Huntsville Public Radio

Posted Sunday, May 28, 2017 by WLRH News

Enjoy the latest stories, commentaries and poems from the Sundial Writers Corner!

Explore the Tennessee Valley and beyond through some of our area's finest wordsmiths each weekday during Morning Blend at 9:30 a.m. and All Things Considered at 3:44 p.m. The first day of each month, we'll hear from Kathryn Tucker Windham, who left behind a wonderful legacy of storytelling for us to enjoy. Find the full archive of Writers Corner podcasts and receive automatic updates each week.  

Read an article by The Huntsville Times on WLRH's Sundial Writers Corner ... click here for article.

Find the entire Sundial Writer's podcast archive here

  • A member of the Secret Service stands guard as President Trump and first lady Melania depart the White House.

    Posted Sunday, May 28, 2017 by NPR News

    A House committee has approved a measure allowing the Service to spend more to protect the president's many homes, and Trump's proposed budget would increase the number of agents.

The Latest Stories from WLRH

Season tickets are on sale now for the Huntsville Symphony Orchestra's 63rd season.

The new art shows are going up, and they'll be on view at the Lowe Mill Friday, May 12 2017 from 6 to 8 PM at Art After Hours.

Theatre Huntsville presents a comedy, "Always A Bridesmaid," written by Jessie Jones, Nicholas Hope and Jamie Wooten.

The Latest Stories from NPR

A Sherpa fetches ladders for climbers attempting to summit Mt. Everest.

A study adds to evidence that it's a matter of blood and genes. "Hopefully, there will be huge medical implications," says one researcher.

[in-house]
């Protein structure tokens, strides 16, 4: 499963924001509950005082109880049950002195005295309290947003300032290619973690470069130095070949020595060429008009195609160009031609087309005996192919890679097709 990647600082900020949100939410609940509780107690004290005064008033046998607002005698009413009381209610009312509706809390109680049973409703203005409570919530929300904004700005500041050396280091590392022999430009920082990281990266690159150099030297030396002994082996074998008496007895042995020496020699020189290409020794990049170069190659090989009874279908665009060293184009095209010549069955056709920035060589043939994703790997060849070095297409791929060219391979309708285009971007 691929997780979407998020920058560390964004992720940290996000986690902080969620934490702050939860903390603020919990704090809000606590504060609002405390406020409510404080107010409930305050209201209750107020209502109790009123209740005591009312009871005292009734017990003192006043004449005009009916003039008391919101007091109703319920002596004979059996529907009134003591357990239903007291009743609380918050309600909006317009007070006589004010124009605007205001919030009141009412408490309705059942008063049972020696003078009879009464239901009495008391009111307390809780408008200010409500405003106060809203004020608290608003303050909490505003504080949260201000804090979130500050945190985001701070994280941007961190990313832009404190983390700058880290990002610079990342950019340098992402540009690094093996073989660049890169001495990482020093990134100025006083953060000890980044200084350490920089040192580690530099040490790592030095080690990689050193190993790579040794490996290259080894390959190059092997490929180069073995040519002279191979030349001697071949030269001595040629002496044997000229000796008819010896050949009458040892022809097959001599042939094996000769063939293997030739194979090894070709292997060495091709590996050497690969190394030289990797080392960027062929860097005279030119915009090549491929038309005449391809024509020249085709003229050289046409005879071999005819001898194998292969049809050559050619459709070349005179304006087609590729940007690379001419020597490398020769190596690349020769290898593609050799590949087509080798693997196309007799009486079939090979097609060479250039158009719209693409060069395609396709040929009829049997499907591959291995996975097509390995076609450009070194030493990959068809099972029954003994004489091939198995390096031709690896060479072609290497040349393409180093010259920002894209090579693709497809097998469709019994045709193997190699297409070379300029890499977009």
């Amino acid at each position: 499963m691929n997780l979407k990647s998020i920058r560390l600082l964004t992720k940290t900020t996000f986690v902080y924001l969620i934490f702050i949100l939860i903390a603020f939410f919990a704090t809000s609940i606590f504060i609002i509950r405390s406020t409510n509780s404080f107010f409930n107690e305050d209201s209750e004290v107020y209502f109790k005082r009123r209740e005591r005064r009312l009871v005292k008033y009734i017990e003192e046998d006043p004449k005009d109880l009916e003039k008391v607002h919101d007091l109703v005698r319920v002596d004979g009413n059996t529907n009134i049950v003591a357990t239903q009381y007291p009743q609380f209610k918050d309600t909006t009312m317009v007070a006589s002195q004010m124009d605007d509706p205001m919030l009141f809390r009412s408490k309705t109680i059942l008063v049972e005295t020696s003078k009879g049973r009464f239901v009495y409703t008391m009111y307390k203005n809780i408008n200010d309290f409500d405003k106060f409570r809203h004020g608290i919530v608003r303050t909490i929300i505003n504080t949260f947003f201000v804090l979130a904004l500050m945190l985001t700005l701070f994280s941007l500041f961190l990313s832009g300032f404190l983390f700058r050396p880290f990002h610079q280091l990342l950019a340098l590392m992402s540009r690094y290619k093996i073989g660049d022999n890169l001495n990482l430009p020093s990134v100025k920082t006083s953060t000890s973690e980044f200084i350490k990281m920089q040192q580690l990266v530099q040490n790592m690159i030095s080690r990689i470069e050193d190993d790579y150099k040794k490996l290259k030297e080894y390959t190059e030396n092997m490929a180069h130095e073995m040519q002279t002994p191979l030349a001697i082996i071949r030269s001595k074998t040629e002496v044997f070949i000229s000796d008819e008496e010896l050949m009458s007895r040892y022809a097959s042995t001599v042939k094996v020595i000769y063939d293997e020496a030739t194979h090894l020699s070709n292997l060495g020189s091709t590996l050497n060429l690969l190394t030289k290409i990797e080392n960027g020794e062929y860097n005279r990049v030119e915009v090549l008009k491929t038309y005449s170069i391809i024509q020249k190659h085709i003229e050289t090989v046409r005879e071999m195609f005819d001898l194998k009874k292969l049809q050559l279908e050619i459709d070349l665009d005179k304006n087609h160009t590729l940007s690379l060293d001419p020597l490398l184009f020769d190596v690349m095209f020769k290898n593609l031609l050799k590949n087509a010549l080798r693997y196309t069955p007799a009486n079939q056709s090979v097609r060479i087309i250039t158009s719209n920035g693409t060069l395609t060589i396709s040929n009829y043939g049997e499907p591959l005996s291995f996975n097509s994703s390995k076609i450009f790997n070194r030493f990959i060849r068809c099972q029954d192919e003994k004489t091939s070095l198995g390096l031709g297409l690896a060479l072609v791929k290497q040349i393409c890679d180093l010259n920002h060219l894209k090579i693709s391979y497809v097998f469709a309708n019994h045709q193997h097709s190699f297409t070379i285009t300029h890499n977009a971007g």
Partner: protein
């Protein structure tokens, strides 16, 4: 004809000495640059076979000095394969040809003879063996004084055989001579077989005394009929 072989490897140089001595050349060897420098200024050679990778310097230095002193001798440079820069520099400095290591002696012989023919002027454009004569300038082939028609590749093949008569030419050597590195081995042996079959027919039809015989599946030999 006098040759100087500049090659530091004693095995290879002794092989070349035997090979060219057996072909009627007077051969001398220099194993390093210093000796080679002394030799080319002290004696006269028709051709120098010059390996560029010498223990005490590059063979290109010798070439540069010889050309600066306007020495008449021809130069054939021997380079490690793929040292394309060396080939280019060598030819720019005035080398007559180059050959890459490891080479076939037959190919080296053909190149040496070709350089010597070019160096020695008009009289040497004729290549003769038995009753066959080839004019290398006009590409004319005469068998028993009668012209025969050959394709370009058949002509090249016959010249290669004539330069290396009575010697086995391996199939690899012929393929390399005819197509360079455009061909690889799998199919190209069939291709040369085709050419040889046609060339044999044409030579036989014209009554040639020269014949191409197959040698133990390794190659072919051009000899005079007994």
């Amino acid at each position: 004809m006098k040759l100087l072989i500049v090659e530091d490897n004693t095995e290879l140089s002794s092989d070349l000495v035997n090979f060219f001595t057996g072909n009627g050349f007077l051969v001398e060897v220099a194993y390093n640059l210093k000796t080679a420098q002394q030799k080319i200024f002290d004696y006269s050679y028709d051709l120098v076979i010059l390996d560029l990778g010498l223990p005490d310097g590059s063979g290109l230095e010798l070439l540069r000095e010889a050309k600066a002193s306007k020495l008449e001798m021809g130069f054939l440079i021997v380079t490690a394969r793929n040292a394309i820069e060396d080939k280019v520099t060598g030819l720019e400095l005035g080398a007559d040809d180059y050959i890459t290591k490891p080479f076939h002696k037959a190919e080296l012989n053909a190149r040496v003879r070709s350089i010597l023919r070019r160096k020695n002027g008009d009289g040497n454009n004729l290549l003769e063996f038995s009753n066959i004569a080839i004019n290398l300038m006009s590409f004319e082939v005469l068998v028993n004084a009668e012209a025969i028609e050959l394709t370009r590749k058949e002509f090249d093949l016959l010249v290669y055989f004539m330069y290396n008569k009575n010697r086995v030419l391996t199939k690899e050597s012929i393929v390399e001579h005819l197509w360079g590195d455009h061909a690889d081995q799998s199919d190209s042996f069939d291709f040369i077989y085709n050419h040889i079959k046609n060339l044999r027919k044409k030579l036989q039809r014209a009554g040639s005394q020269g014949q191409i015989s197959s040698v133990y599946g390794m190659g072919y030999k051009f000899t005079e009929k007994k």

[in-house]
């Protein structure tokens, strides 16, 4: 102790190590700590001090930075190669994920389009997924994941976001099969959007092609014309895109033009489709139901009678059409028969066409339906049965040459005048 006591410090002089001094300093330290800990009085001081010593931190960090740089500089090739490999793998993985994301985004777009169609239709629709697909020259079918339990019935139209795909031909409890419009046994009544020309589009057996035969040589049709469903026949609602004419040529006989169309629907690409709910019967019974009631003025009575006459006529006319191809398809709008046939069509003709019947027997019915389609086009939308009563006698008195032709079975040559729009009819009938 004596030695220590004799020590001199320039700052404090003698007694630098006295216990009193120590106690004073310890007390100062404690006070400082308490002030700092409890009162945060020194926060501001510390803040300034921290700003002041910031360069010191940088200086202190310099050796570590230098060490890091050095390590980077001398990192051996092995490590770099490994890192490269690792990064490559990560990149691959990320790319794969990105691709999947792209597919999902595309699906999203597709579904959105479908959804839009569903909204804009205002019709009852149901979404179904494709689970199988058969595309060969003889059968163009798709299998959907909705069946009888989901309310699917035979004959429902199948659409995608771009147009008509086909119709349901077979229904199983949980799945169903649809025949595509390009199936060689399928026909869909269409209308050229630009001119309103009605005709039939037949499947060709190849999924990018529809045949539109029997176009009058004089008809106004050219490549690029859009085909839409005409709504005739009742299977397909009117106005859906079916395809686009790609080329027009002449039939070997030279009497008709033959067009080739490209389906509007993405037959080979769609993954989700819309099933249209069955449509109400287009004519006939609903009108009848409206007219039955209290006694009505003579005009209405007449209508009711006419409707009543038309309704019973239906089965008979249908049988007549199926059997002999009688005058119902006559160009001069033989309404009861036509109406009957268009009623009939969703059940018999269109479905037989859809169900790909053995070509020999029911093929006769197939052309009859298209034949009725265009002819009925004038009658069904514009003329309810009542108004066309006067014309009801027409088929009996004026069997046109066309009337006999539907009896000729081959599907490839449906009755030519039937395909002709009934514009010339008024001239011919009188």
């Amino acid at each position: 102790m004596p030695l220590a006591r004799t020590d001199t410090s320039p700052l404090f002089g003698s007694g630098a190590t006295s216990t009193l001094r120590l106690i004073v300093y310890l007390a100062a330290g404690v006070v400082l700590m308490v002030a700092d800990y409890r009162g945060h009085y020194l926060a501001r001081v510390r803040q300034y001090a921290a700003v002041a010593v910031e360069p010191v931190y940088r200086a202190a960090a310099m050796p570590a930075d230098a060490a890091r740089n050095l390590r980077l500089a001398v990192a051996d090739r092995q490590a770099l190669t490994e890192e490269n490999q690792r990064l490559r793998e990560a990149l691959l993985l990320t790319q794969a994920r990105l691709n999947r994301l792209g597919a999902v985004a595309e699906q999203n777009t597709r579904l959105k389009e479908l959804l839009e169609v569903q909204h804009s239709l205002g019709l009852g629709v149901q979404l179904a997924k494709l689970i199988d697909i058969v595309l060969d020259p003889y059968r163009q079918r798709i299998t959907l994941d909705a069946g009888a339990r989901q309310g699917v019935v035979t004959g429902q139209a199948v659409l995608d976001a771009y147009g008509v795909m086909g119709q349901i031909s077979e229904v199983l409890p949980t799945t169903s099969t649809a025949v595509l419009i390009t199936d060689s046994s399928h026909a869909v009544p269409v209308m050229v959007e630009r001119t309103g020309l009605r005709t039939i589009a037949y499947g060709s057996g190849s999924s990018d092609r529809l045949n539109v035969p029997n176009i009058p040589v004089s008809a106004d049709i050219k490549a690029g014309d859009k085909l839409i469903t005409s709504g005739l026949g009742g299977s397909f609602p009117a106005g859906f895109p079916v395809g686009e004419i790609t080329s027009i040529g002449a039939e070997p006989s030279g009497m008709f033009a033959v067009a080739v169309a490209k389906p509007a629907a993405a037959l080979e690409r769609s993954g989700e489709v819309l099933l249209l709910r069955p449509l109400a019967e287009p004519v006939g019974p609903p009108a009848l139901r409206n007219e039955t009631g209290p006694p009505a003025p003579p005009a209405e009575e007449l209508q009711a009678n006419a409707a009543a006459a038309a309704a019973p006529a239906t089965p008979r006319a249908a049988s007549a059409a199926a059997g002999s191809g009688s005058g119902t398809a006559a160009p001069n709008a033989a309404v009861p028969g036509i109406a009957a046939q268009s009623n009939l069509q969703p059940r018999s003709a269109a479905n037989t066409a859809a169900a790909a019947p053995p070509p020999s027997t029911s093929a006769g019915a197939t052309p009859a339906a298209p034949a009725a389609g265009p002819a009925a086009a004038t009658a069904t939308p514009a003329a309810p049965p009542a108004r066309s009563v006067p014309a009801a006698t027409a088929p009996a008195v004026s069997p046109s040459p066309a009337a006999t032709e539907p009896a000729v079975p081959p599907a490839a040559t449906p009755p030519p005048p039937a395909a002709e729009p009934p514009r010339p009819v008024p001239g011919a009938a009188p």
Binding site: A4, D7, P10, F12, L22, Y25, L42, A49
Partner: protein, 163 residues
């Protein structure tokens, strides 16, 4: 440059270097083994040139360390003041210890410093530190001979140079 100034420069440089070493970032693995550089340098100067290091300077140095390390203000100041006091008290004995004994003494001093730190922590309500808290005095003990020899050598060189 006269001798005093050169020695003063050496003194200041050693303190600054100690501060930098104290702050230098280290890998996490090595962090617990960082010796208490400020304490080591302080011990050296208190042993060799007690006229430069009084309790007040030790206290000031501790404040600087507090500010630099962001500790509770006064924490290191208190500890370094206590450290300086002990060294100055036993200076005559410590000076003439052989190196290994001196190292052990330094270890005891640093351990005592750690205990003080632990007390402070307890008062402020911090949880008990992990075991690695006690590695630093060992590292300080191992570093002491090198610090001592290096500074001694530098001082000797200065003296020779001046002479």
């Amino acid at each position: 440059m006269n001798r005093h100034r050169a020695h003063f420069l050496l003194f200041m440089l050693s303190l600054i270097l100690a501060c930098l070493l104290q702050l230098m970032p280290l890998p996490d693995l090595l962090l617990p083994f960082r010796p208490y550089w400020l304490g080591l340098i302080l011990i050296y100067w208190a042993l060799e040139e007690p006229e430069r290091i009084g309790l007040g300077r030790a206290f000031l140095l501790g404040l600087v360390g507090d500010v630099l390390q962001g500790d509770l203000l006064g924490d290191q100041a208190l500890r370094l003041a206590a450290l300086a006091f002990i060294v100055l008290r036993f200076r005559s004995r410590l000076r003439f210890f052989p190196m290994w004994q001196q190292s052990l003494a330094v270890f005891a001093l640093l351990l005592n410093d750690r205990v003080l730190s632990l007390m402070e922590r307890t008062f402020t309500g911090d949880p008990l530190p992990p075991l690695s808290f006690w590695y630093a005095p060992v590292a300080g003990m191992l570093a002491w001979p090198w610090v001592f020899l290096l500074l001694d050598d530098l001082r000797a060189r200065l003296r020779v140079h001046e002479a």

Children of people in the country illegally often experience fear and worry — with the shadow of deportation as a constant presence. How can they work through those emotions? One workshop uses comics.

The good old reflex hammer (like this Taylor model) might seem like an outdated medical device, but its role in diagnosing disease is still as important as ever.

Nearly 130 years since its inception, a modest knob of rubber with a metal handle is still invaluable in diagnosing disease and avoiding expensive testing. But its history is anything but simple.

Then-Sen. Jim Bunning, a Hall of Fame pitcher, delivers a pitch prior to a game in Arlington, Tex., in 2003. Bunning died Friday at age 85.

Bunning was one of few ballplayers to pitch no-hitters in both leagues; in 1964, he pitched a perfect game. As a politician, the Kentuckian was known as cantankerous and staunchly conservative.

Walter Shaub Jr., director of the United States Office of Government Ethics.

The tiny Office of Government Ethics, led by Walter Shaub Jr., has scored a victory in its effort to gather information about Trump administration employees who were previously lobbyists.

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